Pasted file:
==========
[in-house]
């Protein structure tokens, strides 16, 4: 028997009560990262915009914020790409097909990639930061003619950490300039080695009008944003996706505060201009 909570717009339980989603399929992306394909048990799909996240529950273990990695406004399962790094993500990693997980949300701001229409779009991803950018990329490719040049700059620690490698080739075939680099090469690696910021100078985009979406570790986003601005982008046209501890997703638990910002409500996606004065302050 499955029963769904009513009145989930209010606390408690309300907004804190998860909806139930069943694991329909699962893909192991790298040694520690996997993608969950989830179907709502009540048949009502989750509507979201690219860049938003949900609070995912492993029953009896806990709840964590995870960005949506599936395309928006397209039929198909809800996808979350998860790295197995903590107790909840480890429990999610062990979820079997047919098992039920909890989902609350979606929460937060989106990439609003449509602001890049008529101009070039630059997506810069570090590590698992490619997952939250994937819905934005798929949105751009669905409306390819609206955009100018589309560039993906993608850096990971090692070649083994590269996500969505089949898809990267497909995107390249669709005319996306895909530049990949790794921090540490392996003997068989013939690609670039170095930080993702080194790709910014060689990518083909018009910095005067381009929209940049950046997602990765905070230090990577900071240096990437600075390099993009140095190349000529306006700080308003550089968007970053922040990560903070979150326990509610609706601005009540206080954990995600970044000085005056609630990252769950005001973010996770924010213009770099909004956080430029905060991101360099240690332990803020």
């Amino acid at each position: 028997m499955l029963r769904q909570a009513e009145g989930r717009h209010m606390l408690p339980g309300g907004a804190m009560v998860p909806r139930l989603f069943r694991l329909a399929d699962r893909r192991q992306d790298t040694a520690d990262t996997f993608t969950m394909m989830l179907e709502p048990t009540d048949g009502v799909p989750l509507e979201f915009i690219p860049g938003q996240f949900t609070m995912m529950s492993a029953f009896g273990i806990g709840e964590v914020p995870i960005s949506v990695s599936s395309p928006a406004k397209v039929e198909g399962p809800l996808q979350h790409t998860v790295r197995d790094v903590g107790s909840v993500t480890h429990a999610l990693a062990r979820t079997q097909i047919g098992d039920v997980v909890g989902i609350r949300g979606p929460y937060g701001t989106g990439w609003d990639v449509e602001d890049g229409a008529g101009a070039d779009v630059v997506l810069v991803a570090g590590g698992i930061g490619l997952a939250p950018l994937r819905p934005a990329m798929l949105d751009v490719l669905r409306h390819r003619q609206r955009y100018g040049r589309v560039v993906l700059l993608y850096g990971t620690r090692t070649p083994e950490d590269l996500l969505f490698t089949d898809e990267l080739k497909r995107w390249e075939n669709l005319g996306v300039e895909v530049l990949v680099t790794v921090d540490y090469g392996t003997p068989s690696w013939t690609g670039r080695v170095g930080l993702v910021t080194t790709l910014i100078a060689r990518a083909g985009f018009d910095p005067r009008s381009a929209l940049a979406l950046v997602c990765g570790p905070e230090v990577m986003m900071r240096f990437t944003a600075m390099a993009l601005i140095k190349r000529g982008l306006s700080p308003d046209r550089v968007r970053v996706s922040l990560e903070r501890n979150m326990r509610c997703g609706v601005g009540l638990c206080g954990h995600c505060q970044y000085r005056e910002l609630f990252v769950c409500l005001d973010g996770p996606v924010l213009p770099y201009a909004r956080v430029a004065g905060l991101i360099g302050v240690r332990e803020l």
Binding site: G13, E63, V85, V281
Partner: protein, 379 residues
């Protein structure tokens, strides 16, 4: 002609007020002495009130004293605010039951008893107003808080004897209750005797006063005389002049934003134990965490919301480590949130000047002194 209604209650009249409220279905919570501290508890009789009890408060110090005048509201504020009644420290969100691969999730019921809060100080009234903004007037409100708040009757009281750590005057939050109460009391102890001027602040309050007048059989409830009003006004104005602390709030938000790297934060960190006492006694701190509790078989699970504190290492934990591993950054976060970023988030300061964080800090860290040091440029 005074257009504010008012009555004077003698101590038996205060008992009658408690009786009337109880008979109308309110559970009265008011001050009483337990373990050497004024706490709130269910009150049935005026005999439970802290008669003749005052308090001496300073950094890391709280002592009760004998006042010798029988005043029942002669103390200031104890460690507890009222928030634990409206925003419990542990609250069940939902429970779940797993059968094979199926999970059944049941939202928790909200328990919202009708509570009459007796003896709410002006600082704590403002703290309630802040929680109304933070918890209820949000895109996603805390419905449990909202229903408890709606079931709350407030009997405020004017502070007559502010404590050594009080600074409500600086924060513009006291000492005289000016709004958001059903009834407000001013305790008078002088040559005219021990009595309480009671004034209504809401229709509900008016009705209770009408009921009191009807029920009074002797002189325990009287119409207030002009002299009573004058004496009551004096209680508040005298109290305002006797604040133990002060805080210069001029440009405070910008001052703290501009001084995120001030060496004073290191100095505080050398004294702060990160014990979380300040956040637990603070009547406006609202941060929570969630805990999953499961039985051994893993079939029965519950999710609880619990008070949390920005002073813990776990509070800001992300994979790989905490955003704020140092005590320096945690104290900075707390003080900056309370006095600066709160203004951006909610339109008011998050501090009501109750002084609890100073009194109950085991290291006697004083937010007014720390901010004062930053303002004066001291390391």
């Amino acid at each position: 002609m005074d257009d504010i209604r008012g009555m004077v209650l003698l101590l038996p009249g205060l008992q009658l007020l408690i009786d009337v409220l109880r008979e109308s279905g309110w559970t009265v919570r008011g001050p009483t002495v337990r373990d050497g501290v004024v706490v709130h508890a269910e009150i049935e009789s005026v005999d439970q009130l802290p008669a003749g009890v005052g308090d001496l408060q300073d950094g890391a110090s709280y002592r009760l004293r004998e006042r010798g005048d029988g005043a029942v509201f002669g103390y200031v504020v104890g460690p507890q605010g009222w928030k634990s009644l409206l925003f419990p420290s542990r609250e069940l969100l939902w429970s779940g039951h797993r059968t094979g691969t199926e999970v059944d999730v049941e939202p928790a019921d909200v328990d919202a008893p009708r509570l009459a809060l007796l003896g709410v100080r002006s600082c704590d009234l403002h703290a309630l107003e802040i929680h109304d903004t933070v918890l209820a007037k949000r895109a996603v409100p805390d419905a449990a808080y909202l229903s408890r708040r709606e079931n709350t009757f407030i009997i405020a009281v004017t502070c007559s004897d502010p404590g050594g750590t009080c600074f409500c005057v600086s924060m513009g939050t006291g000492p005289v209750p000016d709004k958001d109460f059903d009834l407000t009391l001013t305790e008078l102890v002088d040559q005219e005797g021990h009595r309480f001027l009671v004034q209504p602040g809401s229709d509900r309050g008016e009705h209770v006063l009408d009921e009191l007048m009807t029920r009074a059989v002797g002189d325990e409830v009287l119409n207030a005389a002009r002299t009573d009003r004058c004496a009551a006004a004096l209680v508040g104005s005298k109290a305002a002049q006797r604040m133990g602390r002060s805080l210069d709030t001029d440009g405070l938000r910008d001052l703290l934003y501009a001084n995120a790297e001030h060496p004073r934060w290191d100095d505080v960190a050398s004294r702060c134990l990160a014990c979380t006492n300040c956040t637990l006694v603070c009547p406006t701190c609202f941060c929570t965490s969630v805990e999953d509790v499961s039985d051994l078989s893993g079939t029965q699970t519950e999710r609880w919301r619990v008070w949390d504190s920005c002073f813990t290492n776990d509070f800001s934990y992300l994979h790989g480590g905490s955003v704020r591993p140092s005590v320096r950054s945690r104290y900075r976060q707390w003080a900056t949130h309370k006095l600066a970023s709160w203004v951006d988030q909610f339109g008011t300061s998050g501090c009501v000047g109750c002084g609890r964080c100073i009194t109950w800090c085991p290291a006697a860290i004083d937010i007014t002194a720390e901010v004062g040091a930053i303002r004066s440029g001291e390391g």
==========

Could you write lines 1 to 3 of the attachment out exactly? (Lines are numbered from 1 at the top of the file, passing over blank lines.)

[in-house]
């Protein structure tokens, strides 16, 4: 028997009560990262915009914020790409097909990639930061003619950490300039080695009008944003996706505060201009 909570717009339980989603399929992306394909048990799909996240529950273990990695406004399962790094993500990693997980949300701001229409779009991803950018990329490719040049700059620690490698080739075939680099090469690696910021100078985009979406570790986003601005982008046209501890997703638990910002409500996606004065302050 499955029963769904009513009145989930209010606390408690309300907004804190998860909806139930069943694991329909699962893909192991790298040694520690996997993608969950989830179907709502009540048949009502989750509507979201690219860049938003949900609070995912492993029953009896806990709840964590995870960005949506599936395309928006397209039929198909809800996808979350998860790295197995903590107790909840480890429990999610062990979820079997047919098992039920909890989902609350979606929460937060989106990439609003449509602001890049008529101009070039630059997506810069570090590590698992490619997952939250994937819905934005798929949105751009669905409306390819609206955009100018589309560039993906993608850096990971090692070649083994590269996500969505089949898809990267497909995107390249669709005319996306895909530049990949790794921090540490392996003997068989013939690609670039170095930080993702080194790709910014060689990518083909018009910095005067381009929209940049950046997602990765905070230090990577900071240096990437600075390099993009140095190349000529306006700080308003550089968007970053922040990560903070979150326990509610609706601005009540206080954990995600970044000085005056609630990252769950005001973010996770924010213009770099909004956080430029905060991101360099240690332990803020």
């Amino acid at each position: 028997m499955l029963r769904q909570a009513e009145g989930r717009h209010m606390l408690p339980g309300g907004a804190m009560v998860p909806r139930l989603f069943r694991l329909a399929d699962r893909r192991q992306d790298t040694a520690d990262t996997f993608t969950m394909m989830l179907e709502p048990t009540d048949g009502v799909p989750l509507e979201f915009i690219p860049g938003q996240f949900t609070m995912m529950s492993a029953f009896g273990i806990g709840e964590v914020p995870i960005s949506v990695s599936s395309p928006a406004k397209v039929e198909g399962p809800l996808q979350h790409t998860v790295r197995d790094v903590g107790s909840v993500t480890h429990a999610l990693a062990r979820t079997q097909i047919g098992d039920v997980v909890g989902i609350r949300g979606p929460y937060g701001t989106g990439w609003d990639v449509e602001d890049g229409a008529g101009a070039d779009v630059v997506l810069v991803a570090g590590g698992i930061g490619l997952a939250p950018l994937r819905p934005a990329m798929l949105d751009v490719l669905r409306h390819r003619q609206r955009y100018g040049r589309v560039v993906l700059l993608y850096g990971t620690r090692t070649p083994e950490d590269l996500l969505f490698t089949d898809e990267l080739k497909r995107w390249e075939n669709l005319g996306v300039e895909v530049l990949v680099t790794v921090d540490y090469g392996t003997p068989s690696w013939t690609g670039r080695v170095g930080l993702v910021t080194t790709l910014i100078a060689r990518a083909g985009f018009d910095p005067r009008s381009a929209l940049a979406l950046v997602c990765g570790p905070e230090v990577m986003m900071r240096f990437t944003a600075m390099a993009l601005i140095k190349r000529g982008l306006s700080p308003d046209r550089v968007r970053v996706s922040l990560e903070r501890n979150m326990r509610c997703g609706v601005g009540l638990c206080g954990h995600c505060q970044y000085r005056e910002l609630f990252v769950c409500l005001d973010g996770p996606v924010l213009p770099y201009a909004r956080v430029a004065g905060l991101i360099g302050v240690r332990e803020l």